Teaching Sustainable Applications

The NAIT Alternative Energy Technology Program

19, Dec, 2016

The way to be successful in any endeavour, particularly post-secondary education, is to be forward-thinking. To that end, five years ago NAIT launched its Alternative Energy Technology (ALTE) Program under the leadership of Academic Chair, Dr. James Sandercock. How does this exemplify forward thinking? We’re glad you asked. During the peak of an oil & gas boom, the easiest choice is to ride the petroleum wave without giving thought to what else might be on the horizon. As is typical of Alberta’s outstanding post-secondary technology education providers, NAIT doesn’t believe in taking the easy way.

Reading the tea leaves, the institution’s leadership recognized an emerging trend in alternative energy and developed a program to train the technologists the sector will need if it is to grow safely, responsibly, and reliably. In 2011, the inaugural intake class had one spot available for every five applicants. That ratio is now eight to one, a sixty-percent application increase in only five years. Part of that is likely attributable to the natural maturation of the program’s brand; mostly, though, the popularity can be explained by the growing relevance of trained alternative energy technologists to a burgeoning market focused on solar, wind, cogeneration, geothermal sources, liquid biofuels, and increased energy efficiency. This market trend has been bolstered recently by incentives and initiatives announced by the governments of Alberta and Canada, as they seek to spur the development of environmentally-responsible technologies.

“Until recently, Alberta was the only jurisdiction in North America not to have implemented an energy-efficiency program,” explains Dr. Sandercock. “That’s just one example of the evolving landscape awaiting our graduates. You could say that the current regulatory and economic environments are supporting a growing need for sustainable energy approaches; this, in turn, helps validate our program.”

Further evidence of the program’s growing relevance is that when the ALTE Program launched, instructors were preparing graduates to work on small-scale projects—effectively arming them for careers in a niche industry. That mindset is changing rapidly, as can be seen in the scope and scale of the fourth-semester capstone projects the 2017 graduating class is beginning to prepare. This includes planning micro-grid systems for:

  • The island nation of Cape Verde (That’s correct…they’re going to design an alternative energy generation system for an entire—albeit small—country. How’s that for an instant resume boost?);
  •  An isolated Alberta community seeking to reduce its diesel-fuel dependence; and,
  • An urban centre being planned by an Alberta-based developer.

These students are following in the footsteps of alumni whose capstone work product has already been quite remarkable, providing solutions for sponsors in the public, private, and not-for-profit sectors. Consider last year’s ATCO-supported initiative: Students were challenged to design an off-grid solar-battery system capable of powering one of the utility’s remote telecommunications stations.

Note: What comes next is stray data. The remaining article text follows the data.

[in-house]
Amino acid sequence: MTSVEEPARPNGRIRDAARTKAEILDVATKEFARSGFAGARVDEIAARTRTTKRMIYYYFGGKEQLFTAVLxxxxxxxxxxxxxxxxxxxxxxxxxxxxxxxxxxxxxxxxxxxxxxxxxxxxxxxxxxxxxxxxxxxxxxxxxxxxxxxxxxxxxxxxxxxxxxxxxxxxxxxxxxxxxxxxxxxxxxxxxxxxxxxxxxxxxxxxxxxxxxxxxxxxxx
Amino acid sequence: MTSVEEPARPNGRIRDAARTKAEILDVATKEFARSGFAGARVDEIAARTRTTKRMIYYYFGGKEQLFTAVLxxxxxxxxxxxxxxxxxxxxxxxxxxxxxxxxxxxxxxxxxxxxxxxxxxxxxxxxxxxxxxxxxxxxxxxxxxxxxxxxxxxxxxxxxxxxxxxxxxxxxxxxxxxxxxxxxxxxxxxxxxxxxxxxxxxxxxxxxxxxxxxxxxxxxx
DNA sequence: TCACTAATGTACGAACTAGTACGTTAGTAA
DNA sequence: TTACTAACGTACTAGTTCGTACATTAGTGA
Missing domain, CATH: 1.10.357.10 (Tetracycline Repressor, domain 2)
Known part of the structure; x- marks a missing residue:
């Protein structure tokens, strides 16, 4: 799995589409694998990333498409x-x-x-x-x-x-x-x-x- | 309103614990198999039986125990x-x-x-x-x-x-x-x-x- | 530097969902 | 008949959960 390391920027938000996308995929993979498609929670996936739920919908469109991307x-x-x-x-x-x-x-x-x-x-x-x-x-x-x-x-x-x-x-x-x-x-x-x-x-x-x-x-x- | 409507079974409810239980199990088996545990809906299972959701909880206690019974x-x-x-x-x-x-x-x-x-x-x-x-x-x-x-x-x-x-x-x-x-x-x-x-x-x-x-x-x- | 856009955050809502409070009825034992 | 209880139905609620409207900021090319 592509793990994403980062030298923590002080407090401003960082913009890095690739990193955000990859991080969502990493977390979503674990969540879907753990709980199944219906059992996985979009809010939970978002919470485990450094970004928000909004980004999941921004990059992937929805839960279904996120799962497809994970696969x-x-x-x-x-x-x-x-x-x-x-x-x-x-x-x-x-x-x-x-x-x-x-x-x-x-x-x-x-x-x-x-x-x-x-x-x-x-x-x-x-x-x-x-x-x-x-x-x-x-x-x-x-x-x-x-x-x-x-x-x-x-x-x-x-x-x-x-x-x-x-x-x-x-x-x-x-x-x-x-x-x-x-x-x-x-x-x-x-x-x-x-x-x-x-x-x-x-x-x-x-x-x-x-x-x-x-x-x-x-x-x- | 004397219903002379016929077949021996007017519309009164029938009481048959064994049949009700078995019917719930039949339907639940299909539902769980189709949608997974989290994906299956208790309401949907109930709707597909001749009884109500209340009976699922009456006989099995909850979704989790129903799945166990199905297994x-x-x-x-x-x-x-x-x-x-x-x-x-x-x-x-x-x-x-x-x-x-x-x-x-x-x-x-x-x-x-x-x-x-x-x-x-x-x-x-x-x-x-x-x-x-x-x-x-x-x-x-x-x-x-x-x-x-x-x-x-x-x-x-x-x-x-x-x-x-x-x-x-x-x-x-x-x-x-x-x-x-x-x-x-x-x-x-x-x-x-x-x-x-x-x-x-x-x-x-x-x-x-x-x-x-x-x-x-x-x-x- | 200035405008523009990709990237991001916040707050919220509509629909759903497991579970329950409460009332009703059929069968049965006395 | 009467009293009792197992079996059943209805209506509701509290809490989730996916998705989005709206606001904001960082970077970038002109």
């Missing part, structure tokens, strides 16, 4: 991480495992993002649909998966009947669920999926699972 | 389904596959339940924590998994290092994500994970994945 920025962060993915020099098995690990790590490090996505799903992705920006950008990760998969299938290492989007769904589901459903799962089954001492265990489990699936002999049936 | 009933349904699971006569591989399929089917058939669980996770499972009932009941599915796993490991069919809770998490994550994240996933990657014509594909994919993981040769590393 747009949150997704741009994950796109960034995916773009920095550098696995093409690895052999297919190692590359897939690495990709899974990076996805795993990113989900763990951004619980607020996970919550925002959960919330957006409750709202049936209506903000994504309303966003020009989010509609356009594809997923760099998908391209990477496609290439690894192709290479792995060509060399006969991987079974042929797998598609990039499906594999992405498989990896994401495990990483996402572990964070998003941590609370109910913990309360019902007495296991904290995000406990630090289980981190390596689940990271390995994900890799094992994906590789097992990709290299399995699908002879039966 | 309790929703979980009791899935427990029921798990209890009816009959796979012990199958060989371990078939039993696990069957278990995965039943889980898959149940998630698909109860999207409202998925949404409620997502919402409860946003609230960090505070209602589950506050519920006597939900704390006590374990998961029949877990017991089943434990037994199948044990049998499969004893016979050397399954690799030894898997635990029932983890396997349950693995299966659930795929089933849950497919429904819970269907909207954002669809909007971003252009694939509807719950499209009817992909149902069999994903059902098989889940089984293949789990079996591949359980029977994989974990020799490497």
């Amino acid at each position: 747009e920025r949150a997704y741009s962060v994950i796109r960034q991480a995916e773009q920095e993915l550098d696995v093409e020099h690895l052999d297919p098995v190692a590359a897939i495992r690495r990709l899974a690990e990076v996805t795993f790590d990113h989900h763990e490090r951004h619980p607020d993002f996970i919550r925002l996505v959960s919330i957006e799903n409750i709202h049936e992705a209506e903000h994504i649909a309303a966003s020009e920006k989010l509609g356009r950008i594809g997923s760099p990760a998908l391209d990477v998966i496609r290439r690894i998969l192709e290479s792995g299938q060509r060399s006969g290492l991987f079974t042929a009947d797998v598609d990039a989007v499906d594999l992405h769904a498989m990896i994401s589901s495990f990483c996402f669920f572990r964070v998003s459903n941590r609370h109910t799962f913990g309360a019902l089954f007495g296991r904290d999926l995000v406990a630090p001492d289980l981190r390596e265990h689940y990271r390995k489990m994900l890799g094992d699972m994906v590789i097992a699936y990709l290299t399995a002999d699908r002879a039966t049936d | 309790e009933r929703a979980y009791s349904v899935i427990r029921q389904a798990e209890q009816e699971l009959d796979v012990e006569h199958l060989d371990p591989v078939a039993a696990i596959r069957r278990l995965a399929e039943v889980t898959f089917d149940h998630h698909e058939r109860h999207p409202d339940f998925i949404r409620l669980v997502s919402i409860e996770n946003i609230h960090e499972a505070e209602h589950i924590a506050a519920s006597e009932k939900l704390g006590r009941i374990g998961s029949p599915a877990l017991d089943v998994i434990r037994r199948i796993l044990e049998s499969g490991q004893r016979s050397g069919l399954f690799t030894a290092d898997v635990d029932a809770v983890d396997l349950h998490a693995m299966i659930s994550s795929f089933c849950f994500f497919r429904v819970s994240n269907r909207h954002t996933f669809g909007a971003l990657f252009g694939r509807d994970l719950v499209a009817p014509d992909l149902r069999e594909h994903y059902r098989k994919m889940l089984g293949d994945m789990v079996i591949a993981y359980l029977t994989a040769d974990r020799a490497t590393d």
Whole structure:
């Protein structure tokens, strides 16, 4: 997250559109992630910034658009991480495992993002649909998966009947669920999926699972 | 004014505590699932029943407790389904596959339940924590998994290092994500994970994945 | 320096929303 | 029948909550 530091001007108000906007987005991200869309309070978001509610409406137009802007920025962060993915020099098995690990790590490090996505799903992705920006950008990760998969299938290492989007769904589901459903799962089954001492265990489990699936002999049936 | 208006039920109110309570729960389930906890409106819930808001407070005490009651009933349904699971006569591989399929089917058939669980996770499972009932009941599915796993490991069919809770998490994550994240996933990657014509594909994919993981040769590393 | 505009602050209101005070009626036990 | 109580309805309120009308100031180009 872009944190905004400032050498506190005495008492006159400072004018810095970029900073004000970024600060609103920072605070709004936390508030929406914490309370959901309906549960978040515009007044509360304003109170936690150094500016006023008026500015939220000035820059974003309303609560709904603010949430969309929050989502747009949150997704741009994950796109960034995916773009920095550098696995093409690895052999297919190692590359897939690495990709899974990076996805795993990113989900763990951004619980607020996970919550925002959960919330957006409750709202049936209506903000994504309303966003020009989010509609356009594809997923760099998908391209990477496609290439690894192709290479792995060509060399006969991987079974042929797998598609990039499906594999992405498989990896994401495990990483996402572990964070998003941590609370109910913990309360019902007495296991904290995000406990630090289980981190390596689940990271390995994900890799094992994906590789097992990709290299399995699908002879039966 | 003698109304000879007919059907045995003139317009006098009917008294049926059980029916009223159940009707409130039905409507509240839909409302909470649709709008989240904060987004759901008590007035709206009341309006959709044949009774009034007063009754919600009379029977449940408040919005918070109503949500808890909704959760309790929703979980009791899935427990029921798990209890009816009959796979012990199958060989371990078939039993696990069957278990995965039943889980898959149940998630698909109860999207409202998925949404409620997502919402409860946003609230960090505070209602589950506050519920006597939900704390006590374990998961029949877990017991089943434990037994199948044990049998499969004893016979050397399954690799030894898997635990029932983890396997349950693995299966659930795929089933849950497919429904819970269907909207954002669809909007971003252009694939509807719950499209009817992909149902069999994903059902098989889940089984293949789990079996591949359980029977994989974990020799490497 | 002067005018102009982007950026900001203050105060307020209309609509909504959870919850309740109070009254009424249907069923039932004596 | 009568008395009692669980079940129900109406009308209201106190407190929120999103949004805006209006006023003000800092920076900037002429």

When ATCO approached Jim Sandercock, he liked the learning opportunity presented by replacing the Saddle Hills facility’s fossil fuel-powered generator with solar energy technology. The students were involved in helping ATCO design a 75kW photo-voltaic (PV) array and a 250 kWh battery system, an elegant solution for a remote facility. The students’ work on the project contributed to saving time and resources, while aligning with ATCO’s commitment to environmental sustainability. 

The ALTE faculty is pleased with the enthusiasm and ingenuity their students displayed in solving the ATCO Saddle Hills challenge. Among various considerations was the potentially detrimental impact of snow accumulation on the proper functioning of the remote solar power system. The team applied what they had learned in the previous three semesters and found inspiration in one of their teaching tools, an array installed on a NAIT rooftop (below). Dr. Sandercock explains, “Sometimes renewables are discounted because we lack performance data for the Canadian context. In conjunction with various partners we tested the effect of snow on solar-electricity generation at various angles. When we compared the constantly-cleared PV modules to the un-cleared modules, we found that, even at a shallow angle (3/12), snow reduced annual production by only five percent. This information was an essential part of accurately modeling the energy required for the Saddle Hills system.”

Teaching the ability to develop useful applications for real clients is the hallmark of a good technology program and NAIT’s Alternative Energy Technology offering is no exception. In fact, the importance of the capstone element is such that program faculty are about to pilot a 4th semester that can be delivered off-campus, allowing students to work on their final projects outside Alberta’s Capital Region. After all, work is where you find it and students will certainly benefit from knowing there are times you must go where the client needs you most.

All in all, it’s obvious our future alternative energy technologists are receiving the education they need to hit the ground running—and they’ll have to, given NAIT’s latest stats indicate that 100% of them are likely to find work in their field upon graduation.

Work at ATCO's Saddle Hills Facility (photo credit: ATCO)


Using angled solar arrays to test the effects of snow on solar-electricity generation.


To view the original article in the online issue of Technology Alberta, please click HERE.